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  • FlunkedAgain

    Given the uncertainty of the position of the Trump Justice Department, and the uncertainty of his State’s Rights campaign position, this may be a judicious decision. The Black Market already has a system in place, and it is Private Sector.

    Home grown will be a major source of the underground, and outdoor grows will be “confiscated” for the black market.

    The Left Coast is probably a better choice for retirees looking for over-the-counter medical marijuana.

  • Sensible advocate

    This kind of non-representative maneuvering, especially on this issue which united people from both parties, is why people have lost faith in their governmental system. What’s the point of voting for something if the politicians are just going to change it behind closed doors. If you need more time, you can still save faith of the people by explaining openly why you need more time.

    • Endrest

      Exactly! Because the two-party system has become unresponsive (and untrustworthy), its voter-based initiatives that will create policy that the people really want… like in Colorado. I urge voters in states to force their states’ legislatures to adopt similar voter-based legislation so they can craft laws their reps are unwilling to!

      Now, Colorado’s state reps want to remove that right so they can further tighten down their lame, status quo-based policy.

      It’s getting time to fight harder than ever before, especially with this wild card taking over…

      • Sensible advocate

        its funny. it was just revealed that only 8% of the political donations to utah legislators came from utah citizens. the rest was from special interest groups. These same legislators passed laws to make ballot initiatives almost impossible.

        • Endrest

          I’m not surprised in the least. For once, and that’s not gonna happen for a long time, I feel, I’d like to hear some good news.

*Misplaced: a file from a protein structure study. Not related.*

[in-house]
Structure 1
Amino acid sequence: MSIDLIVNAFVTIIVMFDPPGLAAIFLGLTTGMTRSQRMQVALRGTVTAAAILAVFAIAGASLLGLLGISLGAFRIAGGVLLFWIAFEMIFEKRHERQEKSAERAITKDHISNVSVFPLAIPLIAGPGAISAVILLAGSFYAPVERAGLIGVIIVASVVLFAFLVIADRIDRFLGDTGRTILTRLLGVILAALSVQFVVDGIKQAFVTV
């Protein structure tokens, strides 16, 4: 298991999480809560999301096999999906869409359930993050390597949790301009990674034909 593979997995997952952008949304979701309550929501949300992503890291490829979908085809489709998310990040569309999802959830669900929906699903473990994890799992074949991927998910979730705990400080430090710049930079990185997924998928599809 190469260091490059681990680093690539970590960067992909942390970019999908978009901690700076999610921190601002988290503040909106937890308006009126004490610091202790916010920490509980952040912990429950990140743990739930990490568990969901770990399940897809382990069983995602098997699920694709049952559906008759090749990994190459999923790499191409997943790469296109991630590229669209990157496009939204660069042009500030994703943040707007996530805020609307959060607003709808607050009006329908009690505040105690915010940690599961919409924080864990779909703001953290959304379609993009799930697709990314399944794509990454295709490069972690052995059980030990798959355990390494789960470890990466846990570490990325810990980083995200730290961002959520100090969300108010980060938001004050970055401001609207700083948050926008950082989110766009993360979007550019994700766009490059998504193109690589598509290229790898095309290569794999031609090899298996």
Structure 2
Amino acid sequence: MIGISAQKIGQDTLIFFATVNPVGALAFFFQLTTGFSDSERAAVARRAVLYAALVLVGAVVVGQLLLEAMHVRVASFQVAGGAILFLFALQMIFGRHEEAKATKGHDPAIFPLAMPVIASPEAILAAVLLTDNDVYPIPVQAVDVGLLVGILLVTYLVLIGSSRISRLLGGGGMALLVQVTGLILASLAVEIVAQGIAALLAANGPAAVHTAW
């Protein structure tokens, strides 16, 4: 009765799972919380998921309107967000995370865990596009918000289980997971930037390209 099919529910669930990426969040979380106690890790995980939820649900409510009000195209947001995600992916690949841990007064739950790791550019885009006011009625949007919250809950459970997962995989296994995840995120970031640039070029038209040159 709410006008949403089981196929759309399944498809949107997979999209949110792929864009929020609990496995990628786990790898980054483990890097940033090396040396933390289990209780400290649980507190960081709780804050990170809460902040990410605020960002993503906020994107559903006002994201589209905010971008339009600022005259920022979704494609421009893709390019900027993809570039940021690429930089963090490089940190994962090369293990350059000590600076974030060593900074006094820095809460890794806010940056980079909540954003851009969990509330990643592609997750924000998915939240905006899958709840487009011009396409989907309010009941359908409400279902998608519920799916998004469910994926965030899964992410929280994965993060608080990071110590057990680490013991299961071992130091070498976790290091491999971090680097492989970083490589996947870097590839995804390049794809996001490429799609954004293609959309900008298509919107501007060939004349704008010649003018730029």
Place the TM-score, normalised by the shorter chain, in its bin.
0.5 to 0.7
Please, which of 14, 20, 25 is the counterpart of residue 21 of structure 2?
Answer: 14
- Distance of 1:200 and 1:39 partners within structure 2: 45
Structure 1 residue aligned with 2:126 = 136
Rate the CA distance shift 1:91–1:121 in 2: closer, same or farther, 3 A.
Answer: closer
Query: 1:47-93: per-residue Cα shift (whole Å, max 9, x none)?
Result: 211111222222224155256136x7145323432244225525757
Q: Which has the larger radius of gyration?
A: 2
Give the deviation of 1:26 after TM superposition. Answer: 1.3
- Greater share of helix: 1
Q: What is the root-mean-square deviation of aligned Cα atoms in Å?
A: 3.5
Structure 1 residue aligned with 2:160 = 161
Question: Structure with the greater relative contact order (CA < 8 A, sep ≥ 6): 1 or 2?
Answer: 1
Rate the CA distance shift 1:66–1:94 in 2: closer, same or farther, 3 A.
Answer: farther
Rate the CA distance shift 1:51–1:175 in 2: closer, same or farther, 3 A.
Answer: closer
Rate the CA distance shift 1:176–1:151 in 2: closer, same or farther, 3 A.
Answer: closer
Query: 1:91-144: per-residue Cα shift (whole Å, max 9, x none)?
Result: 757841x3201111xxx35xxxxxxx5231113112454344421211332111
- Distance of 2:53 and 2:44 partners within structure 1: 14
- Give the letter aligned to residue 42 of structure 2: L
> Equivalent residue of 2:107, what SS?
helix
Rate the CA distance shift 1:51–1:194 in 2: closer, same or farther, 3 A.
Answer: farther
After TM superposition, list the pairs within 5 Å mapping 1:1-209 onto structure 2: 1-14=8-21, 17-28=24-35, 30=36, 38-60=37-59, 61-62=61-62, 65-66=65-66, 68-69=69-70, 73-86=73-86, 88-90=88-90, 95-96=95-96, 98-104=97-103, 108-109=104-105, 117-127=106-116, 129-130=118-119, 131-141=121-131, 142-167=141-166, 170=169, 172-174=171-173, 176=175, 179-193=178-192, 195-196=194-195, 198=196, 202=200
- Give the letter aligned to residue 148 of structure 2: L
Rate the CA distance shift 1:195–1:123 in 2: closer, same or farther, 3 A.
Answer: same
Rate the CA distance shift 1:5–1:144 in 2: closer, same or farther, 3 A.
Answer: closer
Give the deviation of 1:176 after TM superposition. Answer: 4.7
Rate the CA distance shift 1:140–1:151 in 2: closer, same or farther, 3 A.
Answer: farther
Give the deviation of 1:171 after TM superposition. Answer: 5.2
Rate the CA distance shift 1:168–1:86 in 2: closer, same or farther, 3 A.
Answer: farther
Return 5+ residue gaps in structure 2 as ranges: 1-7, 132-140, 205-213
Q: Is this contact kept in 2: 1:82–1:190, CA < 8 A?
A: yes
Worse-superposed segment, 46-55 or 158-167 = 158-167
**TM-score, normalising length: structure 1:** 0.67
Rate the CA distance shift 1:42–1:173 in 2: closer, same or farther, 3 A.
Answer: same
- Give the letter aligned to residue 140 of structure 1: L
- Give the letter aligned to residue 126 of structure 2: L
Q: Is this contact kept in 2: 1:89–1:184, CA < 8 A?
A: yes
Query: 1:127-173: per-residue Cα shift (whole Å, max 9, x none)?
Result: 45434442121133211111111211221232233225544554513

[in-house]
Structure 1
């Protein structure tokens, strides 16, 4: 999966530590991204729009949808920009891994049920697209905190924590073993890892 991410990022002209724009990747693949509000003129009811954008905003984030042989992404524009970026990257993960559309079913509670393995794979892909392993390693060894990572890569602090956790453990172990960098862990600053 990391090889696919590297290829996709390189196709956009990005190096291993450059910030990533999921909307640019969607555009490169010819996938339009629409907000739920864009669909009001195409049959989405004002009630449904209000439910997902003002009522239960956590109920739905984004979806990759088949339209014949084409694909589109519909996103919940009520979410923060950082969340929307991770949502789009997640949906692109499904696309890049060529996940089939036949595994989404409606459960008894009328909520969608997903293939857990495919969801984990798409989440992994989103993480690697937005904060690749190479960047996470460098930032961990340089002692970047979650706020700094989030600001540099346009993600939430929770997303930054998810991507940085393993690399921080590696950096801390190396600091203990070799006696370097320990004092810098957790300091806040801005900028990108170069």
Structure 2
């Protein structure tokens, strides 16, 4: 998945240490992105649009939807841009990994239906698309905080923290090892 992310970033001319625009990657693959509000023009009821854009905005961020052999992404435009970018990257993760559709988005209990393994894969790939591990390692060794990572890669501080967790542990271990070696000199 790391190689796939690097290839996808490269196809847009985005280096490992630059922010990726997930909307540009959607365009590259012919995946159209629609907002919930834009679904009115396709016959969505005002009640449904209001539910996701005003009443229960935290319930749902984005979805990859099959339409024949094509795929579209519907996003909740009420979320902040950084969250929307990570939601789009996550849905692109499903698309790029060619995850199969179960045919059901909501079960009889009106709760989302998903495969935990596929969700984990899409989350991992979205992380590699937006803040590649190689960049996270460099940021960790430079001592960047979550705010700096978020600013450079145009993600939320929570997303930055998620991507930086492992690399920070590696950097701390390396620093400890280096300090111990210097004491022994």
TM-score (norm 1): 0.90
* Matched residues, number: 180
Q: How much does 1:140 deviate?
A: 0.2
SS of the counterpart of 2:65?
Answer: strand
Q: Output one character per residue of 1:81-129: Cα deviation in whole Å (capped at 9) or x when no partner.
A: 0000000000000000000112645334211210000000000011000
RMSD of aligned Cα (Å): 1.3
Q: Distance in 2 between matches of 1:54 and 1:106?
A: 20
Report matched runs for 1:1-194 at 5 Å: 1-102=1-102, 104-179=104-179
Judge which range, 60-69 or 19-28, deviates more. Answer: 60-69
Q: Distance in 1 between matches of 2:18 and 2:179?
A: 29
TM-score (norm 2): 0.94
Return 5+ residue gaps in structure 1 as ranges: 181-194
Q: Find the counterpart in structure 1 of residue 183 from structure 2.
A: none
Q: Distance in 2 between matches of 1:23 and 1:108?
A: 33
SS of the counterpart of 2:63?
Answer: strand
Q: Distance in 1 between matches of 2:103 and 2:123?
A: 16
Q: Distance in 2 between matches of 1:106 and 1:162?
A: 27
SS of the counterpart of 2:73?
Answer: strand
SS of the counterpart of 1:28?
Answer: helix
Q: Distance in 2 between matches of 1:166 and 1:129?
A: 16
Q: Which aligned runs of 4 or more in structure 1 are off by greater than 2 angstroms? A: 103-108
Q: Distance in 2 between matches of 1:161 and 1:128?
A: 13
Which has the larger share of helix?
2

Not gonna happen until our congress critters start acting like humans, again. They sold out long before you and I were born…and I’m sure they’ve had, and always will have, some sort of twisted justification behind their wholly-inhumane acts.

    • massvocals

      NO there are progressive and prohibitionist in the house and sen , its up to us to remove them at once

  • Poet&Surfer

    Politicians are clueless. Nevertheless, the awareness will be higher than ever. The movement is stronger than ever and will only get stronger. Babylon will not longer rule!! Pura Vida!!

  • hanscom

    It will happen in Mass. Any back tracking will tick people off even more. Even people who don’t smoke. Mass has a home grow option too so Trump can’t even touch it without sending DEA to every backyard. People in Mass love to garden. Already have 5 friends ready to grow this summer with secluded yards. Medical is getting stronger too but still need more dispensaries to open.

    • massvocals

      please study those names filing cannabis and marijuana bills on line at the state .org .and vote them out

  • jim

    The only reason the politicians pull this anti voter behavior is because they get away with it, And the purchased media act as if that is just fine. maybe it’s time to take names and start recalls until we get their attention.
    God bless all those who work to end the war on drugs.
    Gentle Jim

    • massvocals

      you have to protest there acts listing them and voting them out or re-calling them

  • massvocals

    The new appointed joint committee is full of prohibitionist progressive politicians who game is to pull apart chapter 334 acts of 2016 legalization law , everyone has to call there rep asked them to support S1062, S1063 h113 h2385 h2388,h2451 and restore the time frame The was